Cover

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From the Publisher

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Title Page, Copyright Page

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pp. iii-vi

Contents

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pp. vii-viii

List of Illustrations and Musical Examples

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pp. ix-x

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Acknowledgments

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pp. xi-xiv

This book belongs to many hands and many voices. It emerged in the aftermath of a dissertation, the study of a single year—1829—which took me three times as long to complete. No doubt the roots of my interest in performance extend back to my pianistic training in Johannesburg and a life-changing encounter with Pauline Nossel...

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Introduction

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pp. 1-12

In an article for the Revue de Paris, the critic Castil-Blaze told the story of how Giovanni Battista Rubini acquired his gift for unmediated expression. The incident occurred in 1831, as the singer forced the sustained B♭ toward the end of “Luna, conforto al cor de’ naviganti,” the then-famous romance from Giovanni...

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1. “Veluti in Speculum”: The Twilight of the Castrato

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pp. 13-40

On the night of 15 May 1829, Felix Mendelssohn had a nightmare about Giovanni Battista Velluti, the last great operatic castrato. Velluti’s voice had been in the German’s head since that afternoon, when they crossed paths at a concert at the Argyll Rooms on Regent Street in London. There he had heard the “poor wretched creature...

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2. Reflecting on Reflex: A Touching New Fact about Chopin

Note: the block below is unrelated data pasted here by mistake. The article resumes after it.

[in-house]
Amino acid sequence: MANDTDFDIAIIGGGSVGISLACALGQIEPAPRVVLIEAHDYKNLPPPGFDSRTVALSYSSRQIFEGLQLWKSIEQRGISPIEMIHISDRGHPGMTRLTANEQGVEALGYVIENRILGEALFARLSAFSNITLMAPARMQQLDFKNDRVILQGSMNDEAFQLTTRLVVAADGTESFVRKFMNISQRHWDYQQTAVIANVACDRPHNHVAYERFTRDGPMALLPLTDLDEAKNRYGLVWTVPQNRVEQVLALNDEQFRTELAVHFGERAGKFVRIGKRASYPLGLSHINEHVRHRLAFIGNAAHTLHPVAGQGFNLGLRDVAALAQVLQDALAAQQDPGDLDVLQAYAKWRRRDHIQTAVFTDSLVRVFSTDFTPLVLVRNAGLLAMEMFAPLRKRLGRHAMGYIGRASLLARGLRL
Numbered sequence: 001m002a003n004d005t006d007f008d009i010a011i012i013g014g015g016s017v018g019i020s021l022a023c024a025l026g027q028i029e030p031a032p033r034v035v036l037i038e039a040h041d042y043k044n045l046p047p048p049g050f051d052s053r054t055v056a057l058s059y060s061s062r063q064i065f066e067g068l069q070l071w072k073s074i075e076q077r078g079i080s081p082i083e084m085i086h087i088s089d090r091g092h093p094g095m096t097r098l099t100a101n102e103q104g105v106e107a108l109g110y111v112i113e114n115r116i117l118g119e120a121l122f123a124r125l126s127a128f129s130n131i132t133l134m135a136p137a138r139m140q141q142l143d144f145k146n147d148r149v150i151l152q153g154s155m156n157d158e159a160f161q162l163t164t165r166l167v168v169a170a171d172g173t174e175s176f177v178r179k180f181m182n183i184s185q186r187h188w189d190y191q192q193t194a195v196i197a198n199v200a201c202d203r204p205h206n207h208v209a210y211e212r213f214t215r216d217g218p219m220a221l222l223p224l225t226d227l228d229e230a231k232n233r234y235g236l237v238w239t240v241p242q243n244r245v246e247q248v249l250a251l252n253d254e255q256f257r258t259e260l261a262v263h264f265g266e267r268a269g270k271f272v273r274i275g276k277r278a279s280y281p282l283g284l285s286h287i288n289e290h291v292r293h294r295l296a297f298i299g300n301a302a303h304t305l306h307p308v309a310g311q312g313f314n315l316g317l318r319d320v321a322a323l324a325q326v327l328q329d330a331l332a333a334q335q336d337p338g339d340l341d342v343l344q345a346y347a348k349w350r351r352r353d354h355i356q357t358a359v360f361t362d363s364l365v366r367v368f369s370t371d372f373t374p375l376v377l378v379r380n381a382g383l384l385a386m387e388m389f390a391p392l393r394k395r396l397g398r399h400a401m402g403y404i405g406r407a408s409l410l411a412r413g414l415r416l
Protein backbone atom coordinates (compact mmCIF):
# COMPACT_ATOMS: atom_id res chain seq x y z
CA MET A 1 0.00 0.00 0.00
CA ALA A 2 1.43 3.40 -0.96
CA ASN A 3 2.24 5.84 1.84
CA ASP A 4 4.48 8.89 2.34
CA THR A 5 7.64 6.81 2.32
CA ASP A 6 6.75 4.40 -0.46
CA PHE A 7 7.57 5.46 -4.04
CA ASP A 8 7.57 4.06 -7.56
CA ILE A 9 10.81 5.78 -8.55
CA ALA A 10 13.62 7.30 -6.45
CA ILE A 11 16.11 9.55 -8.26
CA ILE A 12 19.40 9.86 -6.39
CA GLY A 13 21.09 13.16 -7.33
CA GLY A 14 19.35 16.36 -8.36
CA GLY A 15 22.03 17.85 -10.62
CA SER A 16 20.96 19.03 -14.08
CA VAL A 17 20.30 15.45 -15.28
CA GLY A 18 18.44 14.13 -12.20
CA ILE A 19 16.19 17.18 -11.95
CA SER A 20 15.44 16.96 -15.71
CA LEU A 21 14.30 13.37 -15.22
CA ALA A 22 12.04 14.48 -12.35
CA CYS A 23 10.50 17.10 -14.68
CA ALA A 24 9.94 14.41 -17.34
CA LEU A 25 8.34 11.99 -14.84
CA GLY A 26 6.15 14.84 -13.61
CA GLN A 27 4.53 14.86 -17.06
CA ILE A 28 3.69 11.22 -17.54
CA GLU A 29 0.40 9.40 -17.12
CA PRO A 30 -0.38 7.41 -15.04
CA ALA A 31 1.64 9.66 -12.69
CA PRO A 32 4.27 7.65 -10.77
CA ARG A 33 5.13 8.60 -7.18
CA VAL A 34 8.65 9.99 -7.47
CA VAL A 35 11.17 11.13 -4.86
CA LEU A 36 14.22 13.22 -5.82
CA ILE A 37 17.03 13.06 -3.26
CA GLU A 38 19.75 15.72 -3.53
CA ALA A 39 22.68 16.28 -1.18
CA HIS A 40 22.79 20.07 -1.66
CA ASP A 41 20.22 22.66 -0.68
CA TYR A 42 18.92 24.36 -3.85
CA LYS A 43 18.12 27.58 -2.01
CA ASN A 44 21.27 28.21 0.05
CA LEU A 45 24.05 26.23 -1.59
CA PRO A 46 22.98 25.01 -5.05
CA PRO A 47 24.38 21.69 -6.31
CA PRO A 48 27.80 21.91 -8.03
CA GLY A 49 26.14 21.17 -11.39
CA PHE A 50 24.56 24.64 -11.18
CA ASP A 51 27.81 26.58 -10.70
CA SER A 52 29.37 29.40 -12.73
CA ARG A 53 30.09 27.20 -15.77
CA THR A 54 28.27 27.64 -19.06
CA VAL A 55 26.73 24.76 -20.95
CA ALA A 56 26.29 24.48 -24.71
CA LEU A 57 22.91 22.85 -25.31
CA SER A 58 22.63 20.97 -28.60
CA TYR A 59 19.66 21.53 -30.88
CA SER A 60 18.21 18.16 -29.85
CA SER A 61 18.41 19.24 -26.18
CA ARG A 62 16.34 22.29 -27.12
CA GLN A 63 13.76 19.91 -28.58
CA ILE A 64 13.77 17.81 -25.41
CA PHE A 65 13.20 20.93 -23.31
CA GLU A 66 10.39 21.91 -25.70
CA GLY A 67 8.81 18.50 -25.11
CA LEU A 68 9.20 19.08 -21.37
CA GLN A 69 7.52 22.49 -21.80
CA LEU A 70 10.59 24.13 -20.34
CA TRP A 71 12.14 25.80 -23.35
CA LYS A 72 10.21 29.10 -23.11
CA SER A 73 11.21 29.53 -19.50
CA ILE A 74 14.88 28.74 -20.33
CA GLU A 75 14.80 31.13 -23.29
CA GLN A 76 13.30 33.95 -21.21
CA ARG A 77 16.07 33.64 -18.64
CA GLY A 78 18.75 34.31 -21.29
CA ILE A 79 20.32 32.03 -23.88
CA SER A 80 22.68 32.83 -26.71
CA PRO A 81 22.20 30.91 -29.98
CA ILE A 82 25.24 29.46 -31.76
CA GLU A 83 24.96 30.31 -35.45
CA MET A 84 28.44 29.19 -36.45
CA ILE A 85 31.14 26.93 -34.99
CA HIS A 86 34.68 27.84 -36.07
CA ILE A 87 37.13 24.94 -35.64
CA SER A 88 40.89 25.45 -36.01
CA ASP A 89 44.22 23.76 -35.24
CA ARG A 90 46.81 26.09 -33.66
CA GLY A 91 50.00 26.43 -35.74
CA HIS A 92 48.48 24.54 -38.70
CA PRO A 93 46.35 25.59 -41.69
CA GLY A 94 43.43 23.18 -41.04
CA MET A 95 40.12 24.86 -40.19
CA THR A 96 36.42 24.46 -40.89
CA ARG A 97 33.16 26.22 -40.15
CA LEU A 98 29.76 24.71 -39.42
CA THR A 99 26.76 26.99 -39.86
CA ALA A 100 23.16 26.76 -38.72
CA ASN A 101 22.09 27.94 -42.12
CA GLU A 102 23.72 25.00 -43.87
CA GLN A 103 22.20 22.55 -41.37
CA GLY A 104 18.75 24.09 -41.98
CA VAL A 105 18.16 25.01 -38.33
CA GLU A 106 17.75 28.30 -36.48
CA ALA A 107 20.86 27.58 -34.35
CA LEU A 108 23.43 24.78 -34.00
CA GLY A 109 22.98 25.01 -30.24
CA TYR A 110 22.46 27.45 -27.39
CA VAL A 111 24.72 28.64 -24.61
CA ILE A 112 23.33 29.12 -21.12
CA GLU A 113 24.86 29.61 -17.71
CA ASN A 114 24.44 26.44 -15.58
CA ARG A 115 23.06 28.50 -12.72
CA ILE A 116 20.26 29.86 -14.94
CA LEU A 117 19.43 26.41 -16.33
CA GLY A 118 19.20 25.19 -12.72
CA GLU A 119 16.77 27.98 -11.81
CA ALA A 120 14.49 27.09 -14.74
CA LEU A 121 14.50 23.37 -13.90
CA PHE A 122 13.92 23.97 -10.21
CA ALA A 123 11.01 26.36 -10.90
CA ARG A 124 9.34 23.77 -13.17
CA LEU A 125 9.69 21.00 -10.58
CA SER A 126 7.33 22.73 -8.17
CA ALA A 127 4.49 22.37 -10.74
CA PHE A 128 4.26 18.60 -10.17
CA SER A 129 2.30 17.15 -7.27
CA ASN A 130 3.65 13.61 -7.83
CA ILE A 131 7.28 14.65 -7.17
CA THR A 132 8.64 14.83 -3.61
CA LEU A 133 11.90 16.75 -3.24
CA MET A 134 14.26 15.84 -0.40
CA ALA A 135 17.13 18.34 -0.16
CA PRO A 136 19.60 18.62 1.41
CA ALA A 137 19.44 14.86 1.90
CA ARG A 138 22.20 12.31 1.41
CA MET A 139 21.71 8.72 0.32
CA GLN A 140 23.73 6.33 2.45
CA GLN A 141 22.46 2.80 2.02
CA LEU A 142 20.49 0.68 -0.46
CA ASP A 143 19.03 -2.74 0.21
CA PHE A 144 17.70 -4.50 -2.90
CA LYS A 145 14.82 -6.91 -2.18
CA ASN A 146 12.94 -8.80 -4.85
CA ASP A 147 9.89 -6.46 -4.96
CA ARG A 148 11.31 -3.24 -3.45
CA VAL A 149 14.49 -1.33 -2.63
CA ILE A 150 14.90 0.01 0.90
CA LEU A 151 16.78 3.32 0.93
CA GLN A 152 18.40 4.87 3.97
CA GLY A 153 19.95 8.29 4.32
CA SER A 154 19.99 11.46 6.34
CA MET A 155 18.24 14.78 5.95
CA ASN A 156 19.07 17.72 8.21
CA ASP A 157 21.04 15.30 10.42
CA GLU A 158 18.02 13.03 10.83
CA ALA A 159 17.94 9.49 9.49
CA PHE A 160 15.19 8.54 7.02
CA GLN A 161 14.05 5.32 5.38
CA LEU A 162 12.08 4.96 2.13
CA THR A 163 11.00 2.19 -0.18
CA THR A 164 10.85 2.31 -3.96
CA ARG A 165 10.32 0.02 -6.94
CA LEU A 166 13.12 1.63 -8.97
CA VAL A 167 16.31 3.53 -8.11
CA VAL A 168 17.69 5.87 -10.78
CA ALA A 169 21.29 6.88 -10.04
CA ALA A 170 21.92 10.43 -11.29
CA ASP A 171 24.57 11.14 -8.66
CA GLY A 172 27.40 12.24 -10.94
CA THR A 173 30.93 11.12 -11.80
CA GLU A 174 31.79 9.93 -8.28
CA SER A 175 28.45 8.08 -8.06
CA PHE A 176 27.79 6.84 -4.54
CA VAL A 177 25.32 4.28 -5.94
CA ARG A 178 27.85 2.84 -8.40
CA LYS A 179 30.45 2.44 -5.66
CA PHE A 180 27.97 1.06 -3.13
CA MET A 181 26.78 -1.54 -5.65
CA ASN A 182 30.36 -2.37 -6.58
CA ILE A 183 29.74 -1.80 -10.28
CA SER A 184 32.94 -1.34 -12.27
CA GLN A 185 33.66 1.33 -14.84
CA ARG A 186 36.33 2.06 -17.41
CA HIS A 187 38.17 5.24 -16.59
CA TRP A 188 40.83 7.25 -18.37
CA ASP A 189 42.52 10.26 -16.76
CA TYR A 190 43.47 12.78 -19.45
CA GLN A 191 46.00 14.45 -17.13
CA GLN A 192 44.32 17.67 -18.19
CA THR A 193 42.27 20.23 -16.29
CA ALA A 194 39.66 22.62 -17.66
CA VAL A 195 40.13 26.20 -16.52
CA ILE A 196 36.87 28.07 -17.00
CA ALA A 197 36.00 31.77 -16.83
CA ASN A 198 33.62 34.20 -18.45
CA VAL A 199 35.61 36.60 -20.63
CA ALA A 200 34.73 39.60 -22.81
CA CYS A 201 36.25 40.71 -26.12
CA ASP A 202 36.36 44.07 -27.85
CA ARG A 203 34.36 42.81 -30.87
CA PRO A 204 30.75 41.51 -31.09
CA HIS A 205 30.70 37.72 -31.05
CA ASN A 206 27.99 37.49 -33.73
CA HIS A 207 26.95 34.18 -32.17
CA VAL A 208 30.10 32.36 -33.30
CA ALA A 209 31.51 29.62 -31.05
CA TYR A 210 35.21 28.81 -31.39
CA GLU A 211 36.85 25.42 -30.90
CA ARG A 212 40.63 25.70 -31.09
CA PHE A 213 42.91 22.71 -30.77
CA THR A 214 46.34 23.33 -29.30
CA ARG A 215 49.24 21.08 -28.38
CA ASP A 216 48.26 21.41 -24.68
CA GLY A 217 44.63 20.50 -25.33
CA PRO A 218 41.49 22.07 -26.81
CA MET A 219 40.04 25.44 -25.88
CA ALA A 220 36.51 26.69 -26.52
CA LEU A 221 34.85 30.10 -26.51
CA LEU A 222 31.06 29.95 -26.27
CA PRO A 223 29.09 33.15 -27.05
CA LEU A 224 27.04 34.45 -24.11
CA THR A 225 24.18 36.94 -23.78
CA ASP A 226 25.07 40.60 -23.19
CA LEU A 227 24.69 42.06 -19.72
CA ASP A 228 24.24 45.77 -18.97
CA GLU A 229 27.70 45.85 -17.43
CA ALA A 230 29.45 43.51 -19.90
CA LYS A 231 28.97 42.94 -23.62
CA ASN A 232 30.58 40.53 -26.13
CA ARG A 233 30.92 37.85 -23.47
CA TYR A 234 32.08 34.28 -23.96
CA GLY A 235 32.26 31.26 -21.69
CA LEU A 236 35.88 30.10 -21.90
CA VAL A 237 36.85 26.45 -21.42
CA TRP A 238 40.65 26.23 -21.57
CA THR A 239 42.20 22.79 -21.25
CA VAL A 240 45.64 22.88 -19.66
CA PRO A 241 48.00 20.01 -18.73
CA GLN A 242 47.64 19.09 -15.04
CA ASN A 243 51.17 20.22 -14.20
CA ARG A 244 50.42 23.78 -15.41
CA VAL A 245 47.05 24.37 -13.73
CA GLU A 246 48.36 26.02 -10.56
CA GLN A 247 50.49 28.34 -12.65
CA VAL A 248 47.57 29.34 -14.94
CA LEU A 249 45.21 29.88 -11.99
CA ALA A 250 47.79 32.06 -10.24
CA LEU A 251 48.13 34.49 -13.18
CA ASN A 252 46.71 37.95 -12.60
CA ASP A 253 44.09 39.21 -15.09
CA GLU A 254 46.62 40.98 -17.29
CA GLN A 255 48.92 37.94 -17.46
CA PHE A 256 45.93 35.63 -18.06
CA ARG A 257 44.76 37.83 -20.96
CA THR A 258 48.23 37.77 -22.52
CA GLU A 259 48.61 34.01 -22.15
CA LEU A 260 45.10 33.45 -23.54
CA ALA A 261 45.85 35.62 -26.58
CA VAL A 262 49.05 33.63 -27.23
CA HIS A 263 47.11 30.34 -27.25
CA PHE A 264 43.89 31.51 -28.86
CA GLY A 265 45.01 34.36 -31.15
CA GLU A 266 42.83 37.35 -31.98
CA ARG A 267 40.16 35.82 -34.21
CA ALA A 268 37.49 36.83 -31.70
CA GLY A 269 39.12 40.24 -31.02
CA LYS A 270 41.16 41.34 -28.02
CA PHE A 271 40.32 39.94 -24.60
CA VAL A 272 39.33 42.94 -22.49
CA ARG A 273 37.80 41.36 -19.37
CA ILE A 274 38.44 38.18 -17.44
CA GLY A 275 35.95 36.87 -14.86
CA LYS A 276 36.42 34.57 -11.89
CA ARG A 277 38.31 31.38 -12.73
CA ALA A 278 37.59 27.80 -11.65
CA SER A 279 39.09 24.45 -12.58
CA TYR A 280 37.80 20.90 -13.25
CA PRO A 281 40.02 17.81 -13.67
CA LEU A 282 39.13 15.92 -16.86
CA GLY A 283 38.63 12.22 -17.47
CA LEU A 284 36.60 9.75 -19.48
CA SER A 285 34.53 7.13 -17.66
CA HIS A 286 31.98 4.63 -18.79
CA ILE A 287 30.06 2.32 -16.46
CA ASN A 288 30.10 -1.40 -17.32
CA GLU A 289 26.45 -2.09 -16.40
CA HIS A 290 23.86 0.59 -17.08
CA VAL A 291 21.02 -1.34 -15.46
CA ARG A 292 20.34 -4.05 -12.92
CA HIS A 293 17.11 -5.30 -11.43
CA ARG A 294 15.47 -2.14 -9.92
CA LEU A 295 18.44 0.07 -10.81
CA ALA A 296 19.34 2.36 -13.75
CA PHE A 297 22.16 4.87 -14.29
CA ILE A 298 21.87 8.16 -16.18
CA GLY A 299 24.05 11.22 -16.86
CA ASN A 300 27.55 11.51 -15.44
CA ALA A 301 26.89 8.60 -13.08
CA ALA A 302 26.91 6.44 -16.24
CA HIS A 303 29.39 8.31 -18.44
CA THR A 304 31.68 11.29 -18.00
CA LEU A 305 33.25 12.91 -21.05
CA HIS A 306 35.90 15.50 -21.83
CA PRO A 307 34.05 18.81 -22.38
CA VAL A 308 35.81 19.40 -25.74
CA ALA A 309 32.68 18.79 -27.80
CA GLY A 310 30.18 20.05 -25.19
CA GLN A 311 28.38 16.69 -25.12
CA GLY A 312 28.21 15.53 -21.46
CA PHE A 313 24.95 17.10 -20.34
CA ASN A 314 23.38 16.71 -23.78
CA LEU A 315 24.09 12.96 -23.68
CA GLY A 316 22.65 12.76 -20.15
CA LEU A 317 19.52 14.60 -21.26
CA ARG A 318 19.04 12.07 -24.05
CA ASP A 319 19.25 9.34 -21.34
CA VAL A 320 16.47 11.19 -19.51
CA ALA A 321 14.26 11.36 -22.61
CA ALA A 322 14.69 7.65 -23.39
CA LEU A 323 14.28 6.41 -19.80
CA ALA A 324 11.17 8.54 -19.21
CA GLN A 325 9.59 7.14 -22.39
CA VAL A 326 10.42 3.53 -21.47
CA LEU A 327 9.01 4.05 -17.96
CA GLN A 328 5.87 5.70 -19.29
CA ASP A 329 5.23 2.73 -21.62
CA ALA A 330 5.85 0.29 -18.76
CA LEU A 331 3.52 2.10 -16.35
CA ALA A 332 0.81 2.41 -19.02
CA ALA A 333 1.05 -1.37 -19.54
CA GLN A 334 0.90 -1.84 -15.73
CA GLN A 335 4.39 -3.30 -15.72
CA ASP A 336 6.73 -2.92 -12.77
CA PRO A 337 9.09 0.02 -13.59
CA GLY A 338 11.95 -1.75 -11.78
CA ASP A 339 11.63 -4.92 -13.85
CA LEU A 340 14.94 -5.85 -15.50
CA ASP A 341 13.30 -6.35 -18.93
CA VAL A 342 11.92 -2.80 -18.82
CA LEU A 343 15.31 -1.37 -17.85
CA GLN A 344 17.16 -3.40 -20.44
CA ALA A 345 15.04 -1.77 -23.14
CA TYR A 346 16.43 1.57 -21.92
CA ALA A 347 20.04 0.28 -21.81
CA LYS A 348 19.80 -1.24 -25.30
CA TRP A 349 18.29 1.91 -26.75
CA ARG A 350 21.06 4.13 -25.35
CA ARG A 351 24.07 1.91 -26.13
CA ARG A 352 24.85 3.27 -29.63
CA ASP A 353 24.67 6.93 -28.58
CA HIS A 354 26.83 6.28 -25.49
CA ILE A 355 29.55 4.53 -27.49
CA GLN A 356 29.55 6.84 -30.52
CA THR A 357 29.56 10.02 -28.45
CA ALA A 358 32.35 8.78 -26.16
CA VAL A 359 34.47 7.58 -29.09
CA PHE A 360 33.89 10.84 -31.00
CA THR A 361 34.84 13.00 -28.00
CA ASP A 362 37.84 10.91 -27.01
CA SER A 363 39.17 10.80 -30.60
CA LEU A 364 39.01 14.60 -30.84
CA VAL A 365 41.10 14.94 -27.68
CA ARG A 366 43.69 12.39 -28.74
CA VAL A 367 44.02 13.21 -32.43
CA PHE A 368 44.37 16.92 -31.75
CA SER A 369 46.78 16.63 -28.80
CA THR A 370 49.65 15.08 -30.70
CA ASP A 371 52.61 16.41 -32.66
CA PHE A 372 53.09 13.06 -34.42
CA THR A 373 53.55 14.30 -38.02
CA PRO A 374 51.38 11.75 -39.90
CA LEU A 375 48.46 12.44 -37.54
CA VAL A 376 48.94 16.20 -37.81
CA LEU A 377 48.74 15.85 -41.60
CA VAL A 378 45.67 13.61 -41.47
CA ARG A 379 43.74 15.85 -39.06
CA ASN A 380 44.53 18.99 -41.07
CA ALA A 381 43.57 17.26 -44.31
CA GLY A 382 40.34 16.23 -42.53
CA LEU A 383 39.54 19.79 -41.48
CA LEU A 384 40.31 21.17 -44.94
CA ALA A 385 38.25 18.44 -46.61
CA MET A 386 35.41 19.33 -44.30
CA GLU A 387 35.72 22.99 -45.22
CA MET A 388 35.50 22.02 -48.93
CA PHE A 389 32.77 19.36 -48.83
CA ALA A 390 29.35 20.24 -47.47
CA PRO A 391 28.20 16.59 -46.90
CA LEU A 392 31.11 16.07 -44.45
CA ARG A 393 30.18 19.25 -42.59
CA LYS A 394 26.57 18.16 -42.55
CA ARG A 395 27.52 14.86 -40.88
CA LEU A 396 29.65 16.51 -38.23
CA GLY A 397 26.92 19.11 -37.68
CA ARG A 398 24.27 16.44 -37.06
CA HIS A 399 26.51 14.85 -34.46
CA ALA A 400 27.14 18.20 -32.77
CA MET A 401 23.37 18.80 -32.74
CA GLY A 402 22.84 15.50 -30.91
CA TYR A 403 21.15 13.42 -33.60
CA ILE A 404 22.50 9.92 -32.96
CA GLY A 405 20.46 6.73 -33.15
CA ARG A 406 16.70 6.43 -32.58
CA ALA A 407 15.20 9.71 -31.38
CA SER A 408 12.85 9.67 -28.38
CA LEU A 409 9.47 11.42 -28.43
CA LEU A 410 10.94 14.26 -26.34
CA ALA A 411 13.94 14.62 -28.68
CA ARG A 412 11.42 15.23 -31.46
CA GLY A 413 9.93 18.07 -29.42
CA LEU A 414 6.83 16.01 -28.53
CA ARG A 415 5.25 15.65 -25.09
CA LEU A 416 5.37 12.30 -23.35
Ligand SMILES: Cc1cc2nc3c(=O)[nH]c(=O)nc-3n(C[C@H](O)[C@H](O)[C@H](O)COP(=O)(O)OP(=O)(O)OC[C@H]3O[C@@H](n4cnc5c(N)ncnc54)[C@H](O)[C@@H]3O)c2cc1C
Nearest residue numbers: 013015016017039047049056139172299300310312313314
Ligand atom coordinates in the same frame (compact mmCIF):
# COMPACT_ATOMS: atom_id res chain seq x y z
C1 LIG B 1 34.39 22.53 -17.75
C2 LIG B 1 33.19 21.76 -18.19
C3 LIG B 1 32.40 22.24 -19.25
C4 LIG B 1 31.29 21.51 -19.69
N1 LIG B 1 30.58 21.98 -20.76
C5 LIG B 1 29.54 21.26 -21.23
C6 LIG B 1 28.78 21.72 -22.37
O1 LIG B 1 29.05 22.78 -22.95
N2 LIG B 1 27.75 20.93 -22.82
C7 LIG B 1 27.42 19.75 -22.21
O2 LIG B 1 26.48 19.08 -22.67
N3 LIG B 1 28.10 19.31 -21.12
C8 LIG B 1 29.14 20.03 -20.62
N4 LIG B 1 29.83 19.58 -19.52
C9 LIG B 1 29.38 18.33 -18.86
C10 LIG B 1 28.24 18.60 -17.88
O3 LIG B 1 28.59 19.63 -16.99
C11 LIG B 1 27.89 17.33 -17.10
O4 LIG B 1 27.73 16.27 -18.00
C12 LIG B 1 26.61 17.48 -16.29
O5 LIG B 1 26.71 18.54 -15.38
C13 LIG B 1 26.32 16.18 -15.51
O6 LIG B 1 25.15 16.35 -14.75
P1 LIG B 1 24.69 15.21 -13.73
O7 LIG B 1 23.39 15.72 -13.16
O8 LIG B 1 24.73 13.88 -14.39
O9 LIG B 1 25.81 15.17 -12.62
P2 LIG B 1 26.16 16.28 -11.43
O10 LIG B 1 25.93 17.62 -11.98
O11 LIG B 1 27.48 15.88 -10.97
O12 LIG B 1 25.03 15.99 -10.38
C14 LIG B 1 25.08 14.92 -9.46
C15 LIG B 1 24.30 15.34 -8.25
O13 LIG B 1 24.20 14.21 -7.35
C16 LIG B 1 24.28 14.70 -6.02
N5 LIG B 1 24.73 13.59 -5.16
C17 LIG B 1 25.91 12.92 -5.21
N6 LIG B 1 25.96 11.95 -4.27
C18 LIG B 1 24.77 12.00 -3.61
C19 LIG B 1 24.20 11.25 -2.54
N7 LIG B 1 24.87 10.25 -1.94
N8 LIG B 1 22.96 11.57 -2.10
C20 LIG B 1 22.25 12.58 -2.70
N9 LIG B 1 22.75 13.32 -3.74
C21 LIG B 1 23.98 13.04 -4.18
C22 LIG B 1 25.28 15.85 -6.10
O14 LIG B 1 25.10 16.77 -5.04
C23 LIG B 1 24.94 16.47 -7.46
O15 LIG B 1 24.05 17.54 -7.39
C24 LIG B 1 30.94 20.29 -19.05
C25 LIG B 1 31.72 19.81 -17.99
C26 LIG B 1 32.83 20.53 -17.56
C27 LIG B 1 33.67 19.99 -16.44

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pp. 41-65

These words formed part of an argument made by Jan Matuszyński behind the great gated colonnades of the École de médecine in Paris on 16 August 1837. The school was a celebrated institution, the foremost of its kind in Europe. The occasion was the oral exam of a doctoral thesis entitled “The Influence of the Sympathetic...

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3. The Sontag-Malibran Stereotype

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pp. 66-92

Just before two o’clock on the afternoon of 30 May 1829 there was a rush at the doors of the Argyll Rooms, a suite of four spacious apartments on Regent Street, in central London. Carriages drew up along the arcade (John Nash’s recent design); attendants hustled up and down making way for their employers. Most of the fashionables...

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4. Boneless Hands / Thalberg’s Ready-Made Soul / Velvet Fingers

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pp. 93-122

Dressed in severe black with a white cravat, Sigismund Thalberg made his London debut on 9 May 1836. The Swiss-born pianist played at the Hanover Square Concert Rooms, only a block to the west of the 1829 triumphs of Sontag and Malibran. He entered just before 9 p.m., flanked by immense reflective mirrors, glass chandeliers...

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5. In Search of Voice: Nourrit’s Voix Mixte, Donzelli’s Bari-Tenor

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pp. 123-151

Historians still remember the year of Gilbert-Louis Duprez’s return from Italy as the year when the Paris Opéra fell into “triste décadence.”1 A dark veil descended in 1837, when a long-favored artist-citizen was forced into exile: Adolphe Nourrit, legendary singer, idol of the Salle Le Peletier, and former inspiration for a host of...

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6. Franz Liszt, Metapianism, and the Cultural History of the Hand

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pp. 152-179

On 30 August 1832, Nicolas Th eodore Frédéric Benoît became the first convicted parricide in Paris to be spared the poing coupé: amputation of the right hand immediately before execution by guillotine. Nineteen years of age, this son of a respected magistrate in the Ardennes had his toilette performed at the central asylum...

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Epilogue

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pp. 180-184

The opening of this book described two iconic moments in which “pure voice” came into its own: at the literal shattering of Rubini’s clavicle and the more figurative breaking of Paganini’s hands. A later chapter pictured García fils with his laryngoscope, an instance mythologized as the historical juncture at which vocal...

Notes

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pp. 185-238

Works Cited

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pp. 239-256

Index

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pp. 257-265